Choosing whether to go for a full reseed or to overseed can feel like another difficult decision - so feel free to use our field indexing system as a guide.
Generally we suggest that:
Field Indexing 2 – 4 = overseeding
Field Indexing 1 = reseeding
Don’t be afraid of overseeding - A short- to medium-term fix
Currently only around 2% of UK grassland is being oversown. Overseeding is a short- to medium-term option but it does provide a quick fix and is ultimately an effective method of improving productivity - while keeping investment costs to a minimum.
Overseeding is ideal for farmers who need to improve grassland performance to help boost profits but, understandably, feel nervous about investing in a full reseed or taking a field out of rotation.
While brand new swards will always outperform older grasses, overseeding can help to increase dry matter yields short-term – reducing farm reliance on expensive bought-ins and even improving live weight gains. Implemented carefully, overseeding has the potential to improve pasture productivity by between 30 to 40% for between three to four years, depending on field quality.
When overseeding, it is crucial to use a mixture designed specifically for this purpose. Any existing productive grasses in the ley already have an established root system and an established leaf canopy to capture light for photosynthesis. Any new grass seed that is introduced needs to be able to work with these conditions and overseeding mixtures are blended accordingly. Typically, they contain tetraploid perennial ryegrass varieties whose seeds are larger, have more aggressive growth habits and are faster to establish within an existing sward. As well as tetraploid-based varieties, introducing clover could be another option.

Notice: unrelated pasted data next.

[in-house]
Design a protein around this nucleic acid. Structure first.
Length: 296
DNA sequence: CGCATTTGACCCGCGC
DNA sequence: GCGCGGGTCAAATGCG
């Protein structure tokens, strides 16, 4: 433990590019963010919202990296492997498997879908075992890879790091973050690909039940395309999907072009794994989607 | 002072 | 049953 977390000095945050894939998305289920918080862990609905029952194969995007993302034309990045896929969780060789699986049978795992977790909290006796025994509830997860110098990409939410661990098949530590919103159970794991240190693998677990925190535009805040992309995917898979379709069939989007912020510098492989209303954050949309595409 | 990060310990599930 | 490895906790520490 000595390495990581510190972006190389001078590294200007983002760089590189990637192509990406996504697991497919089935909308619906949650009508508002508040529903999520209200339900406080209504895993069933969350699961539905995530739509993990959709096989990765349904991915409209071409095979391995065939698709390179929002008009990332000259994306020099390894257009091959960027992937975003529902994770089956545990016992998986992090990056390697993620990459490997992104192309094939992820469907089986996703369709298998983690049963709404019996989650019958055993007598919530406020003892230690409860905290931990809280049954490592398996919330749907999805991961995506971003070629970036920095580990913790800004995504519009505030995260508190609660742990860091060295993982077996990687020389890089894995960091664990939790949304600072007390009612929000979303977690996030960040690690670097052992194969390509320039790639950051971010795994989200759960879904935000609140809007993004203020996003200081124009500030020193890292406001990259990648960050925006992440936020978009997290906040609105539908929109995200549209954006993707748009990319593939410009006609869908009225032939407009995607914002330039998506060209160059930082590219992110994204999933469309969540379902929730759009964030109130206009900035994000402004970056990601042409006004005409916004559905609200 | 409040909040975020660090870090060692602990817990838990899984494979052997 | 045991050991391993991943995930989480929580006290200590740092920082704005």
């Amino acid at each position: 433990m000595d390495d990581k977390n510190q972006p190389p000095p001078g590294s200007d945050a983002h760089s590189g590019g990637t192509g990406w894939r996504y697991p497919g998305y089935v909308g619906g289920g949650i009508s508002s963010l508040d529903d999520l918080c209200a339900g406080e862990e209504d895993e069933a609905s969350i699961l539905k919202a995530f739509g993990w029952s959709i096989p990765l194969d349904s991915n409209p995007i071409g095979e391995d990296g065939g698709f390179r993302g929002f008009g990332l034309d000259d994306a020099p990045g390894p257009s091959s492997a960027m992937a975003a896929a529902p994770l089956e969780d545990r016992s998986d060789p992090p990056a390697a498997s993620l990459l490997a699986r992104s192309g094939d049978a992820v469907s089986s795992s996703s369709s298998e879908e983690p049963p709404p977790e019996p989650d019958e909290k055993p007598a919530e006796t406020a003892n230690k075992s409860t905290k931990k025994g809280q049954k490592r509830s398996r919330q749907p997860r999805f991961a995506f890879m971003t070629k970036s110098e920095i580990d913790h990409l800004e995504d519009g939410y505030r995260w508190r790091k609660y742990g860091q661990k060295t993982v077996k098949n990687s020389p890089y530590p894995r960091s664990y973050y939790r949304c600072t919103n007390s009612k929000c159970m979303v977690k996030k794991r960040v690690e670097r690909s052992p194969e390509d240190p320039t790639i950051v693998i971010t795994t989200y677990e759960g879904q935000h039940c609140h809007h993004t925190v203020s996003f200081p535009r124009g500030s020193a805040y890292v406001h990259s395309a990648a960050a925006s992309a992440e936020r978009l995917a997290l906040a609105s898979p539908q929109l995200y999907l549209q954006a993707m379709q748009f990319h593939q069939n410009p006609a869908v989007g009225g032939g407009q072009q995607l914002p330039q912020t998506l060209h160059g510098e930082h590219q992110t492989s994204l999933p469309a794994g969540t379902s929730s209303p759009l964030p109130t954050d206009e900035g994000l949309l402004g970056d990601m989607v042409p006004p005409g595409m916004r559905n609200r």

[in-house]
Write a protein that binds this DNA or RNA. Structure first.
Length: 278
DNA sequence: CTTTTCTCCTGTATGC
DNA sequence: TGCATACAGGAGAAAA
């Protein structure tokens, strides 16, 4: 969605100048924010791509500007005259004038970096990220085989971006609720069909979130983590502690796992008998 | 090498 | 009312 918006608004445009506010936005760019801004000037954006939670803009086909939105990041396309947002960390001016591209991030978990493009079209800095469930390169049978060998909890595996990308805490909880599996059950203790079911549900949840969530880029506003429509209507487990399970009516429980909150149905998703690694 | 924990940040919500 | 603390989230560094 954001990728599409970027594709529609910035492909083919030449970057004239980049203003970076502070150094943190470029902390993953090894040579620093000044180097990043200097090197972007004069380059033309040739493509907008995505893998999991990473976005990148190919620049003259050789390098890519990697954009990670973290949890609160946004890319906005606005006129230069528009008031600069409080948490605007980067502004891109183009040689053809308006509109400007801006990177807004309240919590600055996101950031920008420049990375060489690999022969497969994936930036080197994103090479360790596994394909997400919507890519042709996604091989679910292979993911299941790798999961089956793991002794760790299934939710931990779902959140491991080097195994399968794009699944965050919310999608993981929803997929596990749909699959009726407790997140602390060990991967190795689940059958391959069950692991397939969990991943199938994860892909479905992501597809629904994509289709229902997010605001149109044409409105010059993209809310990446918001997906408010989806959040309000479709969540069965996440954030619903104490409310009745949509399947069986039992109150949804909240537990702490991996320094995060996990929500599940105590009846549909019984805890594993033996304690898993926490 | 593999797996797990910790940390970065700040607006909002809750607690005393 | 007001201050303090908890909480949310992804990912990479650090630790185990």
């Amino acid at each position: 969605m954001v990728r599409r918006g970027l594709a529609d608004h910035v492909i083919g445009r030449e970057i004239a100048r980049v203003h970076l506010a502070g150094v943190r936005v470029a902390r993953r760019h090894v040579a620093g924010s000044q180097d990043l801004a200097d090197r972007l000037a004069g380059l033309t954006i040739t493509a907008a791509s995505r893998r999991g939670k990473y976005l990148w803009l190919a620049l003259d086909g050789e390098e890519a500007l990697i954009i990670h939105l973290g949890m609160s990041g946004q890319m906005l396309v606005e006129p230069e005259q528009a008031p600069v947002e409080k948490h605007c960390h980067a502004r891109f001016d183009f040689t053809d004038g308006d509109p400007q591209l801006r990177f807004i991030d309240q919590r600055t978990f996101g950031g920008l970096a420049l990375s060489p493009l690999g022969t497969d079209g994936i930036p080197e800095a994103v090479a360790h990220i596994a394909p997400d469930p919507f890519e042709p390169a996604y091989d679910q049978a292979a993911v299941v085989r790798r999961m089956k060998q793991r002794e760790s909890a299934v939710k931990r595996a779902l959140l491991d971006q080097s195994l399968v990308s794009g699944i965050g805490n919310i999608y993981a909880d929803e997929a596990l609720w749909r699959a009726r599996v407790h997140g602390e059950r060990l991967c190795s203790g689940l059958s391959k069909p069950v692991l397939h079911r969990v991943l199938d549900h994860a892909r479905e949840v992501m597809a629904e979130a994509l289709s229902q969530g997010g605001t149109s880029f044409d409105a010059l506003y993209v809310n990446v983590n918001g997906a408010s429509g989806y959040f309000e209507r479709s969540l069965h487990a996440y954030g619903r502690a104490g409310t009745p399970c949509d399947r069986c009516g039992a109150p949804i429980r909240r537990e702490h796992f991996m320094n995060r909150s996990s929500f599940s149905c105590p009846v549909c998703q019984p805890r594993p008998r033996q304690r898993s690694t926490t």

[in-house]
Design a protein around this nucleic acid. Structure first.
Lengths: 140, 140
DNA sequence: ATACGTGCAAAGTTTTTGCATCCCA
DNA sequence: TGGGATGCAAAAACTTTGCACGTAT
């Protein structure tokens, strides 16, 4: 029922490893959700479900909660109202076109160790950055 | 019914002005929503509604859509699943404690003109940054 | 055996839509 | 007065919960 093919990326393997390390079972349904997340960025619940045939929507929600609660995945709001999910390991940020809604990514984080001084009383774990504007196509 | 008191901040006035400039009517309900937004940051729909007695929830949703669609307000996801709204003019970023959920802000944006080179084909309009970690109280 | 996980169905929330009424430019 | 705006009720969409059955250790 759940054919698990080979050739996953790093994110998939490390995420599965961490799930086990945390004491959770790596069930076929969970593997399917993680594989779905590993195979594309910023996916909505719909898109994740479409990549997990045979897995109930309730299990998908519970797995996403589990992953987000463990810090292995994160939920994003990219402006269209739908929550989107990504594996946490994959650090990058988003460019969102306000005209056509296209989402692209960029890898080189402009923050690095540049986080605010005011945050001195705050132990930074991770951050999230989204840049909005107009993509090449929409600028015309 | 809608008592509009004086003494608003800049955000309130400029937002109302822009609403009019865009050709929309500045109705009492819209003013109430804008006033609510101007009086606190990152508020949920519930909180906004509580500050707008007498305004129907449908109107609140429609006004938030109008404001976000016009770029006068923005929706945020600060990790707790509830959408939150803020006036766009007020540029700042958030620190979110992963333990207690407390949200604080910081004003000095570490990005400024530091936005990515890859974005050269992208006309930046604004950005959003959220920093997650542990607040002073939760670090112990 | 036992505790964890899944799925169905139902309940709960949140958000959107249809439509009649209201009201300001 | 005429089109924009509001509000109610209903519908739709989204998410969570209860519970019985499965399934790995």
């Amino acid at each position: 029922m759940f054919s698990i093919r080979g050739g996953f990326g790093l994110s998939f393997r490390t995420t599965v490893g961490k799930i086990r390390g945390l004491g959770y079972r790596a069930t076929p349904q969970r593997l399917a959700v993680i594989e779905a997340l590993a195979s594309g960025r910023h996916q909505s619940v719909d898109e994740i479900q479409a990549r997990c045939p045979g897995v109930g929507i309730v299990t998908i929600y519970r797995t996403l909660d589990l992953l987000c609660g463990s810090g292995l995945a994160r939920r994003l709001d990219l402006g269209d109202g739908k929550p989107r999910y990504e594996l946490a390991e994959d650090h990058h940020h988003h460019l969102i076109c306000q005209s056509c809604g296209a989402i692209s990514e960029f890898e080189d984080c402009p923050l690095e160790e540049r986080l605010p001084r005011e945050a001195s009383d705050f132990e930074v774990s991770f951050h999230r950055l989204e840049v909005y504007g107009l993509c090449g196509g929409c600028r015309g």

Clover can fill in gaps to reduce weed ingress. It can also improve nitrogen levels – encouraging tillering, which makes swards denser. Crucially, clover can also encourage higher voluntary intakes, improving live weight gains.